Suppose you believed in "Spontaneous Generation":  That is the belief that a pile of rags creates mice.  You would be ridiculed as being stupid and anti-science.  Perhaps that "science" was good enough for Aristotle but as Wikipedia puts it  "Spontaneous generation or anomalous generation is an obsolete body of thought..."  But does acting as if you believe an "obsolete body of thought" make you "stupid"?

Consider Thomas Kuhn's proposition in The Structure of Science Revolutions:  Scientific paradigms change when the new paradigm is better at answering "the day's questions of interest."  Since "the questions of interest" are the questions that are least well answered by the existing paradigm, the new paradigm has an advantage.  It does not need to address questions that everybody already knows the answer to.  Those issues are "handled".

Let's get back to Spontaneous Generation.  Public Health officials and wildlife management scientists understand that you must manage the habitat it you hope to control, or manage, the biologicals.  As the father of every daughter knows, babies come from the combination of hot summer nights, cheap pink wine and Pontiacs with capacious back seats.

"Spontaneous Generation" is not obsolete when the questions revolve around managing populations.  In fact, it is the most robust tool available.  You want to eliminate malaria and yellow fever?  Drain the swamps.  You want to get rid of rabbits and woodchucks?  Get rid of brush piles.  You want to stop an epidemic?  Break the transmission cycle.

"Spontaneous Generation", as a theory, leads to more actionable conclusions than mitosis, meiosis, zygotes, halitosis and "ontogeny is the recapitulation of phylogeny."  So contrary to what Wikipedia claims, Spontaneous Generation is not truly obsolete.

We often find that totally abandoning the old paradigm will initiate failures in systems that were considered foundational, systems that were so well understood that they stopped being "interesting".

Sometimes the issue is that decision makers are bored with the old paradigm.  The old paradigm is still considered valid.  It has not been replaced by another, newer paradigm, but by virtue of being "old" is is considered safe to ignore.  An example of this is the high levels of lead seen in many municipal water systems.  The science of controlling pH and phosphate levels has been known for a long, long time.  The guys who used to run those plants had college degrees in science.  The current crop are notable for their political reliability rather than their understanding of chemistry.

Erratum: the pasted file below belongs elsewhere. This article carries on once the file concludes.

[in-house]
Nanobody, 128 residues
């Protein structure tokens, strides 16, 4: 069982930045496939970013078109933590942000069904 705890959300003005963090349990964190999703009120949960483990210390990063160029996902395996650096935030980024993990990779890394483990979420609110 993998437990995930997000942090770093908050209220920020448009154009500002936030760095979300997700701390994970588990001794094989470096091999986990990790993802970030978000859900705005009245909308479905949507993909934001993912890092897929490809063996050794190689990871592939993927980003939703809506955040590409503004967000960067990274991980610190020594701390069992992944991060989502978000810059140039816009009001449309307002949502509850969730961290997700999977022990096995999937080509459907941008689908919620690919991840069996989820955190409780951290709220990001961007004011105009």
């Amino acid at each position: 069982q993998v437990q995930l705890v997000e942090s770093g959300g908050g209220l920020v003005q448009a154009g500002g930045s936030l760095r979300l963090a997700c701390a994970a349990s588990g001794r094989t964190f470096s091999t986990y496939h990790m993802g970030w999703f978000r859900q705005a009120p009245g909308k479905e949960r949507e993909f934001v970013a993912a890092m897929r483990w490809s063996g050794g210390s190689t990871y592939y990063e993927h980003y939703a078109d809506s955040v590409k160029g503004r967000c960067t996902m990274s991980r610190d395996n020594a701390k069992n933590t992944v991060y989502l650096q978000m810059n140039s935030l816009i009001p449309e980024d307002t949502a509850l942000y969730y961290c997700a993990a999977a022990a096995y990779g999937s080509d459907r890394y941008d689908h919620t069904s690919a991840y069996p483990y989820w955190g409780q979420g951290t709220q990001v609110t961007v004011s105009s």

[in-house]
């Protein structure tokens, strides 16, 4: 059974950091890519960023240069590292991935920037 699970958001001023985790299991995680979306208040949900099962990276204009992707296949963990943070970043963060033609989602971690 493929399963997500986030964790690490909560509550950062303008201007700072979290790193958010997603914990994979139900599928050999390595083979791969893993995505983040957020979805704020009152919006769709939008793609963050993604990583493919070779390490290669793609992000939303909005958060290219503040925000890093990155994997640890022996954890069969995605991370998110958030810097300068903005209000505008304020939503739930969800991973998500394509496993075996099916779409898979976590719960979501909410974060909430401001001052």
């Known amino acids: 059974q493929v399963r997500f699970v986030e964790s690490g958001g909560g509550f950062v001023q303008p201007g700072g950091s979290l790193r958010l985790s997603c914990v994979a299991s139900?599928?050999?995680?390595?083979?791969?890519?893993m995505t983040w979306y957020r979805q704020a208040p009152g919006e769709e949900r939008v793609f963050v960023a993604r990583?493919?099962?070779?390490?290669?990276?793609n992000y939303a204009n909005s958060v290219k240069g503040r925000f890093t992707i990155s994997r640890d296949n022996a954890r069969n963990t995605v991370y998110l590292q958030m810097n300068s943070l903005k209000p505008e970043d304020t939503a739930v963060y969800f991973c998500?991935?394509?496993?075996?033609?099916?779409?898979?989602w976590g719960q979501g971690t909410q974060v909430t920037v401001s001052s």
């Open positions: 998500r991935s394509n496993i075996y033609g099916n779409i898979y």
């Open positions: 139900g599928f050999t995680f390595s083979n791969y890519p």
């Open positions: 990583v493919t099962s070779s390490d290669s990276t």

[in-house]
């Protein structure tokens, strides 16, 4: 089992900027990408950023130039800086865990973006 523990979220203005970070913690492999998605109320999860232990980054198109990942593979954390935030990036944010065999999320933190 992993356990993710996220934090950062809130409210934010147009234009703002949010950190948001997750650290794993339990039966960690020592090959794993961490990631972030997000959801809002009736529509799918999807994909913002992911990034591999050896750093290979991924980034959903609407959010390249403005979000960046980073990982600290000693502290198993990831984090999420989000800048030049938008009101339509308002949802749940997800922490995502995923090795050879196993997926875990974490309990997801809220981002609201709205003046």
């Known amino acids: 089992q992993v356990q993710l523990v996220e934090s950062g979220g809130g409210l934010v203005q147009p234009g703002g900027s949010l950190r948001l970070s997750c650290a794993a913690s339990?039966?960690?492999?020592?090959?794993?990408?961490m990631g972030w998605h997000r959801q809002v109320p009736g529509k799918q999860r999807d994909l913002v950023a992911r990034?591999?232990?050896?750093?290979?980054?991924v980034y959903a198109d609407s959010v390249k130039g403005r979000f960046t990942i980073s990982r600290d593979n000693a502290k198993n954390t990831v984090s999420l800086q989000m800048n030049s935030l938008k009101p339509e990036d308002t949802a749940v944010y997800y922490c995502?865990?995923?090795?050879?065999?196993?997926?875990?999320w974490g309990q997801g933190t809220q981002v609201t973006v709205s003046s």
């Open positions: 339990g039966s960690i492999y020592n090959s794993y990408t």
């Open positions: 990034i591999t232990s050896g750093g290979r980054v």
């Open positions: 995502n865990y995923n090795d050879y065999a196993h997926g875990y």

Food safety
One of the cornerstones of safe food is cooking.  Cooking kills bacteria, worms, virus, amoeba, paramecium...  It even destroys some of the toxins that spoilage creates.

The Industrial Revolution put a premium on foods that shipped and stored well.  Those foods typically lacked some of the nutrients needed by humans.  In short order, "eat your vegetables" was heard at the kitchen table.  Then the cult of raw/unpeeled food arose to ensure that the maximum amount of nutrition made it to human stomachs.  This was enabled by the science of the Industrial Revolution, sanitary sewage handling, refrigeration and "chemical" fertilizers.

The pendulum swings.

The world is more crowded.  As the population grows, larger and larger percentages of the gross planetary product goes directly to humans and our surrogates.  Pathogens that used to smolder and then extinguish for lack of suitable hosts now thrive because of the short hop from host-to-host.

A fine example of this is the Rat Lungworm.  According to this article in The Atlantic, RLW is now endemic to the southeastern United States and is relentlessly marching north and west.  RLW is transmitted by the invisible snail-trails found on lettuce, kale, tomatoes...heck, everything that snails and slugs might crawl across.

So the food safety paradigm that used to mandate cooking food, swung to eating raw, unpeeled food and is now likely to swing back to cooking food.

Will be discussed another day as this post is already a bit too long.